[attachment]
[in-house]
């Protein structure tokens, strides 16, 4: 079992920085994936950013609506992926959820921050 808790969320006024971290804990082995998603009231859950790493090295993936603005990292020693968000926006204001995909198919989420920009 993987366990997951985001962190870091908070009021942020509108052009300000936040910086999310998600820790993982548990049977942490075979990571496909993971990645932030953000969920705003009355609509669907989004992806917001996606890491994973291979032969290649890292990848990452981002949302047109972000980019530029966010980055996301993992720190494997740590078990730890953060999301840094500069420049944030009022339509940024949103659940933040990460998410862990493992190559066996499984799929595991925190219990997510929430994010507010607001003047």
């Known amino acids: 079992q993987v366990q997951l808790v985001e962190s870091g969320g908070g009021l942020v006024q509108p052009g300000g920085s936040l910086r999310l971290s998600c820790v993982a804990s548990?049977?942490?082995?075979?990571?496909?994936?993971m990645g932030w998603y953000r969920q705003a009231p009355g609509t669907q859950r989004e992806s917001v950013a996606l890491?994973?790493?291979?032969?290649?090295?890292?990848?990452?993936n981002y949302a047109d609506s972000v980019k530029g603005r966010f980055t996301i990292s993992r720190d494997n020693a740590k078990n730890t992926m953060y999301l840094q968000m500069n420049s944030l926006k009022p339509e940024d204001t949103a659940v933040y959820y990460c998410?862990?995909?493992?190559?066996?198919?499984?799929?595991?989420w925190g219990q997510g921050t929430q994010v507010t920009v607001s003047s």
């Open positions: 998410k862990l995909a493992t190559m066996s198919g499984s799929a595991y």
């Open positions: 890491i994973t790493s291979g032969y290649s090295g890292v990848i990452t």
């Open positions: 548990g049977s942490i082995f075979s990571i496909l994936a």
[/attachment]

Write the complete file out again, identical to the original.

[in-house]
């Protein structure tokens, strides 16, 4: 079992920085994936950013609506992926959820921050 808790969320006024971290804990082995998603009231859950790493090295993936603005990292020693968000926006204001995909198919989420920009 993987366990997951985001962190870091908070009021942020509108052009300000936040910086999310998600820790993982548990049977942490075979990571496909993971990645932030953000969920705003009355609509669907989004992806917001996606890491994973291979032969290649890292990848990452981002949302047109972000980019530029966010980055996301993992720190494997740590078990730890953060999301840094500069420049944030009022339509940024949103659940933040990460998410862990493992190559066996499984799929595991925190219990997510929430994010507010607001003047």
């Known amino acids: 079992q993987v366990q997951l808790v985001e962190s870091g969320g908070g009021l942020v006024q509108p052009g300000g920085s936040l910086r999310l971290s998600c820790v993982a804990s548990?049977?942490?082995?075979?990571?496909?994936?993971m990645g932030w998603y953000r969920q705003a009231p009355g609509t669907q859950r989004e992806s917001v950013a996606l890491?994973?790493?291979?032969?290649?090295?890292?990848?990452?993936n981002y949302a047109d609506s972000v980019k530029g603005r966010f980055t996301i990292s993992r720190d494997n020693a740590k078990n730890t992926m953060y999301l840094q968000m500069n420049s944030l926006k009022p339509e940024d204001t949103a659940v933040y959820y990460c998410?862990?995909?493992?190559?066996?198919?499984?799929?595991?989420w925190g219990q997510g921050t929430q994010v507010t920009v607001s003047s």
């Open positions: 998410k862990l995909a493992t190559m066996s198919g499984s799929a595991y």
């Open positions: 890491i994973t790493s291979g032969y290649s090295g890292v990848i990452t």
């Open positions: 548990g049977s942490i082995f075979s990571i496909l994936a």